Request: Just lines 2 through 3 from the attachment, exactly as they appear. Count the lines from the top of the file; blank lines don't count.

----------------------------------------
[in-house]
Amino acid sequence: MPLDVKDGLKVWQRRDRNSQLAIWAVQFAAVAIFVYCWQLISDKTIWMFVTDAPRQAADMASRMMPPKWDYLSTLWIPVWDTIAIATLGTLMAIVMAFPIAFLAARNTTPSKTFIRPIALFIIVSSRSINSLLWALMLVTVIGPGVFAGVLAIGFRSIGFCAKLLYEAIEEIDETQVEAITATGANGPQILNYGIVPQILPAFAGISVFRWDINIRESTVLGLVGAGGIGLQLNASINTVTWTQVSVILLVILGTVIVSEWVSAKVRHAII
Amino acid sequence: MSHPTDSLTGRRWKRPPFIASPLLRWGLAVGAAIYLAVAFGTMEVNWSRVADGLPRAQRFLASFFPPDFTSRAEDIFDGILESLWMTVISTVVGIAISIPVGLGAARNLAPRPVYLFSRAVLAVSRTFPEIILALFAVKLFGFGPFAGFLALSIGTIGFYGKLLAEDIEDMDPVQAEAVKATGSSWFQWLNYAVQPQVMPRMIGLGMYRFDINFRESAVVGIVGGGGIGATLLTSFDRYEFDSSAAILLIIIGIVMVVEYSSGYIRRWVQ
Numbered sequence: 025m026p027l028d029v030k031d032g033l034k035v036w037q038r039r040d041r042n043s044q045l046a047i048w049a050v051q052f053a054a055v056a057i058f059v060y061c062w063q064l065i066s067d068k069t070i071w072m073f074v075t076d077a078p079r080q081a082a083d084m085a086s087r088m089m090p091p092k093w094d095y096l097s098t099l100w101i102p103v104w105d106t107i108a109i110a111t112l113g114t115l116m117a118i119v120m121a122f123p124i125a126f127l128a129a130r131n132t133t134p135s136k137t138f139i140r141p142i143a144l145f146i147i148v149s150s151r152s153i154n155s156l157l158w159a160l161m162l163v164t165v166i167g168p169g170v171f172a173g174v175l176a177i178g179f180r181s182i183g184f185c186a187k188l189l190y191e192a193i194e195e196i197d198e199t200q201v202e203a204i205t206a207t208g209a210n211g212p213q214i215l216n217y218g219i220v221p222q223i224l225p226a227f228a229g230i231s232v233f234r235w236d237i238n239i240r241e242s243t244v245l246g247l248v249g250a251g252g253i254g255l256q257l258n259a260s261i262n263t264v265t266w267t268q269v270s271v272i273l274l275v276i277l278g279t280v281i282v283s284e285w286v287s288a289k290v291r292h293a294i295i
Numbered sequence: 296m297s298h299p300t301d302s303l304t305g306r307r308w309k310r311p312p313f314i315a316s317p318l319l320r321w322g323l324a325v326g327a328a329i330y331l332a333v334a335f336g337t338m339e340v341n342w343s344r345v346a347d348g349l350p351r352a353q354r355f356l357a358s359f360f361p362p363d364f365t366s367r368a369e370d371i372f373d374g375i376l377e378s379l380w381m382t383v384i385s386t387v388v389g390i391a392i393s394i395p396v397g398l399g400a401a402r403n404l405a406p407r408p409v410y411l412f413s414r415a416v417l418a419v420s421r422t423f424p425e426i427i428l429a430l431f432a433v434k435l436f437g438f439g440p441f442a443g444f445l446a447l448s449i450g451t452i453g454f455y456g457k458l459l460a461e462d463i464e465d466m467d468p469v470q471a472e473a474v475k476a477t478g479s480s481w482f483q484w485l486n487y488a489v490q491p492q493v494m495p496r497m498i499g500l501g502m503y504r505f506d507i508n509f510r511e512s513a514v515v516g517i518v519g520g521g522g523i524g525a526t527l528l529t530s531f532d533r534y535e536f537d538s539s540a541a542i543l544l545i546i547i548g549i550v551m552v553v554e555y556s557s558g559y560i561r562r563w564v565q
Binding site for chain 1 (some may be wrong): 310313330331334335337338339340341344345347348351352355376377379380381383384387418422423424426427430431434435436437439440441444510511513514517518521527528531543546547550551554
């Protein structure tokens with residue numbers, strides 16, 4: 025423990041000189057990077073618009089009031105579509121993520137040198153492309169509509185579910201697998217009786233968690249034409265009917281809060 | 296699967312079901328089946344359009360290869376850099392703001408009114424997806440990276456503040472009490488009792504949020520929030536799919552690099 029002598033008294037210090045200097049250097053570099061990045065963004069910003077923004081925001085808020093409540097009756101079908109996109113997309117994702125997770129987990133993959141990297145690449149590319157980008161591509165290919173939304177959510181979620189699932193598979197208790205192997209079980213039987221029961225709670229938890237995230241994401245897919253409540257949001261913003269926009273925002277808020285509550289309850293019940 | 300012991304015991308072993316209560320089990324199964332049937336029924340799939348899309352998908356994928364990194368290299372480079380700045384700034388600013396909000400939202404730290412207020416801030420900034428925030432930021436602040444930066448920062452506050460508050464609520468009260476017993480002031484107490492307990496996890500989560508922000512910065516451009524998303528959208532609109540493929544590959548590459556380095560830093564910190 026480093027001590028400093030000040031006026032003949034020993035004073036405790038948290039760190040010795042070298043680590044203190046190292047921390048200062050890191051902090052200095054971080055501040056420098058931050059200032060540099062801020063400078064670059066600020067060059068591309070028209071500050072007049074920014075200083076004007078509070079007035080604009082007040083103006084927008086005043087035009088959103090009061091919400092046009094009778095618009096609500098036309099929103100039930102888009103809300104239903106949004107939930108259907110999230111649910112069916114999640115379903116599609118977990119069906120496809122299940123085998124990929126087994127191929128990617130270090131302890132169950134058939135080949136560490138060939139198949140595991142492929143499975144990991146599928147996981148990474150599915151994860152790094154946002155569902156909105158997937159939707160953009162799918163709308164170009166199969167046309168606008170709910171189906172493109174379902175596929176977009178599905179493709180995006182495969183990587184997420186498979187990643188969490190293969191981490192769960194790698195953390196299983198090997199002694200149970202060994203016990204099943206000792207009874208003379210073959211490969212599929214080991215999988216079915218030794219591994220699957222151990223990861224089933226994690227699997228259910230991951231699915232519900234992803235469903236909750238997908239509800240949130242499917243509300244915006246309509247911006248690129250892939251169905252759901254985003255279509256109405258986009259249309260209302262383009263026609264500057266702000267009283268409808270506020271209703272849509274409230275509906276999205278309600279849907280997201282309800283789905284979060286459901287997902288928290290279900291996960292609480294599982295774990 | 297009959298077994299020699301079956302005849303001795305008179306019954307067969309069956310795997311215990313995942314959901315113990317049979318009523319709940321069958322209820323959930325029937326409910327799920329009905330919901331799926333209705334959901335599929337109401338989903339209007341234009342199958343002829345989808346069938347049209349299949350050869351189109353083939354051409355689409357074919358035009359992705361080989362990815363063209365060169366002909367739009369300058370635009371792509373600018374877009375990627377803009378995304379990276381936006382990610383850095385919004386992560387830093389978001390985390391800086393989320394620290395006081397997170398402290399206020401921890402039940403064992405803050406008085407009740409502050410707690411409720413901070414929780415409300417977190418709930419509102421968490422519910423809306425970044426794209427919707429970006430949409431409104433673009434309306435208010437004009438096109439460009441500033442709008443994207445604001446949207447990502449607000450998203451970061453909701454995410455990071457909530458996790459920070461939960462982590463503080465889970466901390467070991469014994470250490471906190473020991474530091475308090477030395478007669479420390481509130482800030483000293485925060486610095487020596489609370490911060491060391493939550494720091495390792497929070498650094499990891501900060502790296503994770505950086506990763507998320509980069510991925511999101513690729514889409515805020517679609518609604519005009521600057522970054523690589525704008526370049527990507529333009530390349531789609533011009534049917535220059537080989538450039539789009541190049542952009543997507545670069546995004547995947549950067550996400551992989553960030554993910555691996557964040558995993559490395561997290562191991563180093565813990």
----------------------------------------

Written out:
Amino acid sequence: MPLDVKDGLKVWQRRDRNSQLAIWAVQFAAVAIFVYCWQLISDKTIWMFVTDAPRQAADMASRMMPPKWDYLSTLWIPVWDTIAIATLGTLMAIVMAFPIAFLAARNTTPSKTFIRPIALFIIVSSRSINSLLWALMLVTVIGPGVFAGVLAIGFRSIGFCAKLLYEAIEEIDETQVEAITATGANGPQILNYGIVPQILPAFAGISVFRWDINIRESTVLGLVGAGGIGLQLNASINTVTWTQVSVILLVILGTVIVSEWVSAKVRHAII
Amino acid sequence: MSHPTDSLTGRRWKRPPFIASPLLRWGLAVGAAIYLAVAFGTMEVNWSRVADGLPRAQRFLASFFPPDFTSRAEDIFDGILESLWMTVISTVVGIAISIPVGLGAARNLAPRPVYLFSRAVLAVSRTFPEIILALFAVKLFGFGPFAGFLALSIGTIGFYGKLLAEDIEDMDPVQAEAVKATGSSWFQWLNYAVQPQVMPRMIGLGMYRFDINFRESAVVGIVGGGGIGATLLTSFDRYEFDSSAAILLIIIGIVMVVEYSSGYIRRWVQ